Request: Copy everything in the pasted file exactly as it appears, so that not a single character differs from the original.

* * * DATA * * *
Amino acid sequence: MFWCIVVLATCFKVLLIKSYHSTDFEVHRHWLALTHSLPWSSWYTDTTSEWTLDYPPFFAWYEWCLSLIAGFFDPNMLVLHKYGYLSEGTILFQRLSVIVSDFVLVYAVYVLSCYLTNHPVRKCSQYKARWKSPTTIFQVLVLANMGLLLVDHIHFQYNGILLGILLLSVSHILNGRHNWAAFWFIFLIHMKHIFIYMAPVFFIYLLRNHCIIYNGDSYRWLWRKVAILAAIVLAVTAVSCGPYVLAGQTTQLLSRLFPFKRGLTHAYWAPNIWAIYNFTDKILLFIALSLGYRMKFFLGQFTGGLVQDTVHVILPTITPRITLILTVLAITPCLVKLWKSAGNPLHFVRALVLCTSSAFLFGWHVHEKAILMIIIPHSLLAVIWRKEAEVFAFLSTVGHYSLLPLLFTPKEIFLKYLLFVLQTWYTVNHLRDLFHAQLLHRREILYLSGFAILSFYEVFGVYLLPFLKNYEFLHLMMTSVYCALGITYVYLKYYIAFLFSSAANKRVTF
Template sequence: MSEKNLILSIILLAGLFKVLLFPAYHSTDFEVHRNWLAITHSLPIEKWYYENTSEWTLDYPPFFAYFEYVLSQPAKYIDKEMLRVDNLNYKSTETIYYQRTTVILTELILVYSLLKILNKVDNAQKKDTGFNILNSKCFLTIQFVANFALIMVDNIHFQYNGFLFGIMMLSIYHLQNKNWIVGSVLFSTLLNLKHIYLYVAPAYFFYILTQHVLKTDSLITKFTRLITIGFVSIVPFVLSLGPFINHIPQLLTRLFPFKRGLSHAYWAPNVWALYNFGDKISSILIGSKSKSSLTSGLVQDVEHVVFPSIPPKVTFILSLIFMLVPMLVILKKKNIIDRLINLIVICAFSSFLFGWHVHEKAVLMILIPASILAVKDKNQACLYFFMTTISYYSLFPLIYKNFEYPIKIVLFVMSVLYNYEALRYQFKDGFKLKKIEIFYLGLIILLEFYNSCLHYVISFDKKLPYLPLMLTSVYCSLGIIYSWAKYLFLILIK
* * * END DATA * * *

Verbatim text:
Amino acid sequence: MFWCIVVLATCFKVLLIKSYHSTDFEVHRHWLALTHSLPWSSWYTDTTSEWTLDYPPFFAWYEWCLSLIAGFFDPNMLVLHKYGYLSEGTILFQRLSVIVSDFVLVYAVYVLSCYLTNHPVRKCSQYKARWKSPTTIFQVLVLANMGLLLVDHIHFQYNGILLGILLLSVSHILNGRHNWAAFWFIFLIHMKHIFIYMAPVFFIYLLRNHCIIYNGDSYRWLWRKVAILAAIVLAVTAVSCGPYVLAGQTTQLLSRLFPFKRGLTHAYWAPNIWAIYNFTDKILLFIALSLGYRMKFFLGQFTGGLVQDTVHVILPTITPRITLILTVLAITPCLVKLWKSAGNPLHFVRALVLCTSSAFLFGWHVHEKAILMIIIPHSLLAVIWRKEAEVFAFLSTVGHYSLLPLLFTPKEIFLKYLLFVLQTWYTVNHLRDLFHAQLLHRREILYLSGFAILSFYEVFGVYLLPFLKNYEFLHLMMTSVYCALGITYVYLKYYIAFLFSSAANKRVTF
Template sequence: MSEKNLILSIILLAGLFKVLLFPAYHSTDFEVHRNWLAITHSLPIEKWYYENTSEWTLDYPPFFAYFEYVLSQPAKYIDKEMLRVDNLNYKSTETIYYQRTTVILTELILVYSLLKILNKVDNAQKKDTGFNILNSKCFLTIQFVANFALIMVDNIHFQYNGFLFGIMMLSIYHLQNKNWIVGSVLFSTLLNLKHIYLYVAPAYFFYILTQHVLKTDSLITKFTRLITIGFVSIVPFVLSLGPFINHIPQLLTRLFPFKRGLSHAYWAPNVWALYNFGDKISSILIGSKSKSSLTSGLVQDVEHVVFPSIPPKVTFILSLIFMLVPMLVILKKKNIIDRLINLIVICAFSSFLFGWHVHEKAVLMILIPASILAVKDKNQACLYFFMTTISYYSLFPLIYKNFEYPIKIVLFVMSVLYNYEALRYQFKDGFKLKKIEIFYLGLIILLEFYNSCLHYVISFDKKLPYLPLMLTSVYCSLGIIYSWAKYLFLILIK